Both gag and red grouper are important species for North Carolina commercial and recreational fishermen. Adult gag grouper inhabit coastal waters from North Carolina to Brazil and are found in the Gulf of Mexico. Red grouper can be found as far north as Massachusetts to southeastern Brazil, including the eastern Gulf of Mexico. The average lifespan is 30 years and range in length at maturity from 49 inches (red grouper) to 58 inches (gag). Red grouper weight in at 51 pounds while gag grouper can weigh up to 81 pounds. Both begin life as females but change their sex to males as they mature. Gag grouper spawn from mid-January to early May in the South Atlantic and from late January to mid-April in the Gulf of Mexico; red grouper spawn February through June.
The upper body of a large gag grouper features dark brownish-gray coloration and is paler along the lower body with traces of dark, wavy, markings on the sides. Red grouper are characterized by a large mouth with a lower jaw protruding slightly beyond the upper jaw. The color of its head and body is dark reddish brown, shading pink or reddish along the lower portion of its body.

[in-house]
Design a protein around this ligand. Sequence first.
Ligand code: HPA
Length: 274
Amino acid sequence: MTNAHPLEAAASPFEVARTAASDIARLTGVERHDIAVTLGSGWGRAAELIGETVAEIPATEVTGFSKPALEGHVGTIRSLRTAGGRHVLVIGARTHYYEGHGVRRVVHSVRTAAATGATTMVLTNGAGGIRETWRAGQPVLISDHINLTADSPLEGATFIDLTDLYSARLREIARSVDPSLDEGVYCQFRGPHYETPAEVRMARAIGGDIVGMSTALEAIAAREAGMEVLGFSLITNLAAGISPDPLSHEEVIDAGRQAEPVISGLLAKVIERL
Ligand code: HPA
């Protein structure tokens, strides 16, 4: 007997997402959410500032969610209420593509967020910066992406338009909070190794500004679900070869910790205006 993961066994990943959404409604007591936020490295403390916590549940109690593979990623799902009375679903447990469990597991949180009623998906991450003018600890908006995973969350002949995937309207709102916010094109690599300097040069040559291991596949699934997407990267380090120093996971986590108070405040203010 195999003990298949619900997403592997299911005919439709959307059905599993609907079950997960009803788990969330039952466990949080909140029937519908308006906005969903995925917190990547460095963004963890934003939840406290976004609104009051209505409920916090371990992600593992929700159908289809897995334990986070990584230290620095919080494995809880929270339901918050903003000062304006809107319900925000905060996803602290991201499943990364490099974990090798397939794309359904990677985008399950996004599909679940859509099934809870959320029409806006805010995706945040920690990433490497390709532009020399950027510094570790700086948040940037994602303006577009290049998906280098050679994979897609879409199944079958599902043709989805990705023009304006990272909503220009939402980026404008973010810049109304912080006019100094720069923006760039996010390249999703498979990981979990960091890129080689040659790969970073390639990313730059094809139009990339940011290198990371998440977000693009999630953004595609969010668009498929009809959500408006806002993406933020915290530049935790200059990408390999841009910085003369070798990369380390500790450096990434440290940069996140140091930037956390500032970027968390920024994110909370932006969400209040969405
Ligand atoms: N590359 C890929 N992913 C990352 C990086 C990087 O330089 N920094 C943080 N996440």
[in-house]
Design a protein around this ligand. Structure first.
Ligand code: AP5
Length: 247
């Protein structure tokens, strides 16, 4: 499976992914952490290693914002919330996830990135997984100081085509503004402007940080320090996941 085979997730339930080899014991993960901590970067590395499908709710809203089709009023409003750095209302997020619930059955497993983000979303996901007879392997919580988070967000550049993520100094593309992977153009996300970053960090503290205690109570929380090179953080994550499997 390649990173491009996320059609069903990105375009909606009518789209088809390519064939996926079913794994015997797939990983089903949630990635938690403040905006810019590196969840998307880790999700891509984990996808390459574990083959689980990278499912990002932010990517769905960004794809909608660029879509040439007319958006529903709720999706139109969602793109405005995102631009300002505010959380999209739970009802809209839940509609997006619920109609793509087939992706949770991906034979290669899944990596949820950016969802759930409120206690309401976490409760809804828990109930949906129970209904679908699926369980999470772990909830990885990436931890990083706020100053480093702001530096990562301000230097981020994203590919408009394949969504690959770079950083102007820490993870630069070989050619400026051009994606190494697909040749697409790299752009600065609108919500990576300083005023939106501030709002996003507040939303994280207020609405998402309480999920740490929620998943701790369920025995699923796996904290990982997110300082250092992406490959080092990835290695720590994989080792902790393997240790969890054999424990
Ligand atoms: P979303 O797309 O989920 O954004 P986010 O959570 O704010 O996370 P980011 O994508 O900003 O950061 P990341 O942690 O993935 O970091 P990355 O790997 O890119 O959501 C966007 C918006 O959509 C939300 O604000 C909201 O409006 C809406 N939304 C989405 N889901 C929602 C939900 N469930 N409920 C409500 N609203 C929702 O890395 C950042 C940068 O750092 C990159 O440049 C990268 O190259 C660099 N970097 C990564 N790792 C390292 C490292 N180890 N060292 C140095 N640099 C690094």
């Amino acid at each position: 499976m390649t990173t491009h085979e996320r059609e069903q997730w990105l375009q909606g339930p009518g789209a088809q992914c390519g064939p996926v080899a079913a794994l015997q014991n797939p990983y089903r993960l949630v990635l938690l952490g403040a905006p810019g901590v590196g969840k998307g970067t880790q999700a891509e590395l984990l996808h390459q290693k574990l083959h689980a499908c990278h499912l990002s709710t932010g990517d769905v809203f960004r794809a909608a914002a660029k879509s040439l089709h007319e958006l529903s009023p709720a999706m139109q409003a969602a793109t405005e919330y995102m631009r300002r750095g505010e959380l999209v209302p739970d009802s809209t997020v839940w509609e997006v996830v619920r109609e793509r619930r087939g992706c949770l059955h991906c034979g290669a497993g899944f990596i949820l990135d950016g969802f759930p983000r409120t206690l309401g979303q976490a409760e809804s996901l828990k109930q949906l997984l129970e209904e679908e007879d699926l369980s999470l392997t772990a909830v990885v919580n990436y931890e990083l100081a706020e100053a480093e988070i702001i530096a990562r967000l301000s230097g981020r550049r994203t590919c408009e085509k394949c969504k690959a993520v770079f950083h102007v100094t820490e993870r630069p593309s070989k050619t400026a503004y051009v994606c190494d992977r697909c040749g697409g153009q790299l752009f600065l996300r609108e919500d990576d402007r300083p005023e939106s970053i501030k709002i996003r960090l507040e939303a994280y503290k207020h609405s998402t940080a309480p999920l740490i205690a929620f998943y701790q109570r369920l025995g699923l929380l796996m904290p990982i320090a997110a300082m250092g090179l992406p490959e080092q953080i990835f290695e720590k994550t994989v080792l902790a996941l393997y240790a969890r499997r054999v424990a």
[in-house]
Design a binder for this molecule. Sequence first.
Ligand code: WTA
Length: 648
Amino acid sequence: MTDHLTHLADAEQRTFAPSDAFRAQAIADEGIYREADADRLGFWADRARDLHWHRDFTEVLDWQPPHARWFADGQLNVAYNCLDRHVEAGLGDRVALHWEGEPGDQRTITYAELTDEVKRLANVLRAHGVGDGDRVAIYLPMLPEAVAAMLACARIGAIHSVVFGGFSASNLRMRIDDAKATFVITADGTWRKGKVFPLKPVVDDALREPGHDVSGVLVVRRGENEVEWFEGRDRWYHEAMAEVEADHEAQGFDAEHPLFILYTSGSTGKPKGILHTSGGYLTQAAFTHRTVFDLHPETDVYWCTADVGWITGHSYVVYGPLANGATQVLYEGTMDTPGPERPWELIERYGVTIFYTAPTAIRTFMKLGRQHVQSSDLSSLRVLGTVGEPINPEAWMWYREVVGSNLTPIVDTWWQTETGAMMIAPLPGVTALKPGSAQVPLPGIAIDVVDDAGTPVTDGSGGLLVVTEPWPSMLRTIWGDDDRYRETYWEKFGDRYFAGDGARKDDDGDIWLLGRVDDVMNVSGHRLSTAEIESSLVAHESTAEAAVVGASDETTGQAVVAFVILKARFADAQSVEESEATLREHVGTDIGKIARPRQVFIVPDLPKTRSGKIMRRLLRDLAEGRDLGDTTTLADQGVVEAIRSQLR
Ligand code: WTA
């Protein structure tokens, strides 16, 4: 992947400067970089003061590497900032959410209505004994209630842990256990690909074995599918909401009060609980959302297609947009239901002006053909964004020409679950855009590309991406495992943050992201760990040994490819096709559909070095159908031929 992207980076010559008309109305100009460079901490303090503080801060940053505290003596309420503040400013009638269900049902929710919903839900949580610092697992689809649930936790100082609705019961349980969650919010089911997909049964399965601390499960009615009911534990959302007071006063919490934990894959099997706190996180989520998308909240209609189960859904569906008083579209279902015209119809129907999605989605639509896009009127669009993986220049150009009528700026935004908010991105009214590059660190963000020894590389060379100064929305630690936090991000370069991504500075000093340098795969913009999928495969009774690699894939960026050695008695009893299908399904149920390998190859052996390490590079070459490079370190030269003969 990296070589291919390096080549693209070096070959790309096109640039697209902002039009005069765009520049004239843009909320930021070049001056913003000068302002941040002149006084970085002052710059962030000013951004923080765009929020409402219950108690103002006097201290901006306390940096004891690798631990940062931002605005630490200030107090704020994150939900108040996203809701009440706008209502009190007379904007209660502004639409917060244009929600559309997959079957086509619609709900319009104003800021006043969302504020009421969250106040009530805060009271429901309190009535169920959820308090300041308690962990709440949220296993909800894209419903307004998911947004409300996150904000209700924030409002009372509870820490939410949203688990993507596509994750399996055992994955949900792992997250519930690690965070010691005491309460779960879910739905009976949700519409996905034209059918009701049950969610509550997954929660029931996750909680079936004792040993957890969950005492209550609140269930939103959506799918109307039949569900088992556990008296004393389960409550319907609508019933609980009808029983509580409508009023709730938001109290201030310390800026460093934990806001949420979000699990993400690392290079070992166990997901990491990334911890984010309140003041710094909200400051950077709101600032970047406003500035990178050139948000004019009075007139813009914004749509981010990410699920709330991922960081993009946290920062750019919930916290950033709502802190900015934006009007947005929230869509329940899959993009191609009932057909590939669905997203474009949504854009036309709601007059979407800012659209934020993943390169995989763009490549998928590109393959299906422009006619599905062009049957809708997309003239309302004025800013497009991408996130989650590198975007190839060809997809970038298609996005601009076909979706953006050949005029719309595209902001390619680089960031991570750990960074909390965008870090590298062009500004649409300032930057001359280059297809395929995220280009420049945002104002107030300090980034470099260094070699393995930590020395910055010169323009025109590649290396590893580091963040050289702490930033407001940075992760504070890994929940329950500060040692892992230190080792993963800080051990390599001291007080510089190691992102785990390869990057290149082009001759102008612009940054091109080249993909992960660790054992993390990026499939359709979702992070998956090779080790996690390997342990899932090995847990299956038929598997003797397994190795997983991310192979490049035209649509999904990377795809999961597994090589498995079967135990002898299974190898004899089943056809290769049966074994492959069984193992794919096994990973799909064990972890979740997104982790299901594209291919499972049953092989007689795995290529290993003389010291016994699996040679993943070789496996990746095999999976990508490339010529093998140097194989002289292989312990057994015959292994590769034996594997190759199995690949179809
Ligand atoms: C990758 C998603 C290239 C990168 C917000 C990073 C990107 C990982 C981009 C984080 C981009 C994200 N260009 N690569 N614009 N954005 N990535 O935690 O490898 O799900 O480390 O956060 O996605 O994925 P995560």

According to NOAA FishWatch, overfishing of gag grouper may be occurring in both the South Atlantic and the Gulf; however, the population of South Atlantic gag seems healthy but appears suboptimal in the Gulf. The population of Gulf red grouper appears healthy at this time while the number of red grouper in the South Atlantic remains unknown.
In July 2009, the director of the North Carolina Division of Marine Fisheries (NCDMF) imposed a ban on the harvest of red and gag grouper from waters under the jurisdiction of NCDMF or the South Atlantic Fishery Management Council from January 1 through April 30, 2010. This ban applies to both commercial and recreational fishermen.
Contributed by Barry Nash